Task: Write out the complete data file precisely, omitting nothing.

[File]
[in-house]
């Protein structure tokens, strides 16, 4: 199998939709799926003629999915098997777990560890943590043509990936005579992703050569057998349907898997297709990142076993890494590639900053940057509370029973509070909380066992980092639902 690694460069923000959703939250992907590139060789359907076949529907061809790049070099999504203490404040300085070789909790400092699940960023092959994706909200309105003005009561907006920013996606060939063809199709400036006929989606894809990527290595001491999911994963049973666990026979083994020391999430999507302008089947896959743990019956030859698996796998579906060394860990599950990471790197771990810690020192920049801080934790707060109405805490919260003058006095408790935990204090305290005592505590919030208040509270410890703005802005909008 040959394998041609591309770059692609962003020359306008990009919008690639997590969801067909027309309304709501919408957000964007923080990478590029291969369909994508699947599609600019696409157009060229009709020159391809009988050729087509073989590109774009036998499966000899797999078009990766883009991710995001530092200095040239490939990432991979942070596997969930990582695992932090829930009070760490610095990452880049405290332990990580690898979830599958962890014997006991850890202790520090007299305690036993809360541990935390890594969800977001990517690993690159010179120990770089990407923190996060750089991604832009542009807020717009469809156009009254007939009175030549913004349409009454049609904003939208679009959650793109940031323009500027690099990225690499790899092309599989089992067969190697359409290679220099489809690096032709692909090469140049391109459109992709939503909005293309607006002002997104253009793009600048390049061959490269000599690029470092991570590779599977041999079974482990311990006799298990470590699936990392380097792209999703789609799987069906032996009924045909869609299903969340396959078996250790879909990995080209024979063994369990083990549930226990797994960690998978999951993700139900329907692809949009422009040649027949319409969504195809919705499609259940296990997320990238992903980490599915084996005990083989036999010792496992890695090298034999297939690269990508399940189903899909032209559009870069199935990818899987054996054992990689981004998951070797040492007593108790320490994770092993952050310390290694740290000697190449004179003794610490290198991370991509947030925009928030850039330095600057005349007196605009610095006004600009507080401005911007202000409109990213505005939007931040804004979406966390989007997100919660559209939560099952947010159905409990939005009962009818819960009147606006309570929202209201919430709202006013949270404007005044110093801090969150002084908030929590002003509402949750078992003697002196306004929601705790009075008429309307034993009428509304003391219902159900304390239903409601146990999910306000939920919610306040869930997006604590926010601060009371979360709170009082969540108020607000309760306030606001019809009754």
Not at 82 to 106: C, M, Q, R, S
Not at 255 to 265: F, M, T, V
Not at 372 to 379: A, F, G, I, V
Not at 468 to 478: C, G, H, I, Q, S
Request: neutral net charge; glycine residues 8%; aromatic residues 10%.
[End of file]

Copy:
[in-house]
């Protein structure tokens, strides 16, 4: 199998939709799926003629999915098997777990560890943590043509990936005579992703050569057998349907898997297709990142076993890494590639900053940057509370029973509070909380066992980092639902 690694460069923000959703939250992907590139060789359907076949529907061809790049070099999504203490404040300085070789909790400092699940960023092959994706909200309105003005009561907006920013996606060939063809199709400036006929989606894809990527290595001491999911994963049973666990026979083994020391999430999507302008089947896959743990019956030859698996796998579906060394860990599950990471790197771990810690020192920049801080934790707060109405805490919260003058006095408790935990204090305290005592505590919030208040509270410890703005802005909008 040959394998041609591309770059692609962003020359306008990009919008690639997590969801067909027309309304709501919408957000964007923080990478590029291969369909994508699947599609600019696409157009060229009709020159391809009988050729087509073989590109774009036998499966000899797999078009990766883009991710995001530092200095040239490939990432991979942070596997969930990582695992932090829930009070760490610095990452880049405290332990990580690898979830599958962890014997006991850890202790520090007299305690036993809360541990935390890594969800977001990517690993690159010179120990770089990407923190996060750089991604832009542009807020717009469809156009009254007939009175030549913004349409009454049609904003939208679009959650793109940031323009500027690099990225690499790899092309599989089992067969190697359409290679220099489809690096032709692909090469140049391109459109992709939503909005293309607006002002997104253009793009600048390049061959490269000599690029470092991570590779599977041999079974482990311990006799298990470590699936990392380097792209999703789609799987069906032996009924045909869609299903969340396959078996250790879909990995080209024979063994369990083990549930226990797994960690998978999951993700139900329907692809949009422009040649027949319409969504195809919705499609259940296990997320990238992903980490599915084996005990083989036999010792496992890695090298034999297939690269990508399940189903899909032209559009870069199935990818899987054996054992990689981004998951070797040492007593108790320490994770092993952050310390290694740290000697190449004179003794610490290198991370991509947030925009928030850039330095600057005349007196605009610095006004600009507080401005911007202000409109990213505005939007931040804004979406966390989007997100919660559209939560099952947010159905409990939005009962009818819960009147606006309570929202209201919430709202006013949270404007005044110093801090969150002084908030929590002003509402949750078992003697002196306004929601705790009075008429309307034993009428509304003391219902159900304390239903409601146990999910306000939920919610306040869930997006604590926010601060009371979360709170009082969540108020607000309760306030606001019809009754």
Not at 82 to 106: C, M, Q, R, S
Not at 255 to 265: F, M, T, V
Not at 372 to 379: A, F, G, I, V
Not at 468 to 478: C, G, H, I, Q, S
Request: neutral net charge; glycine residues 8%; aromatic residues 10%.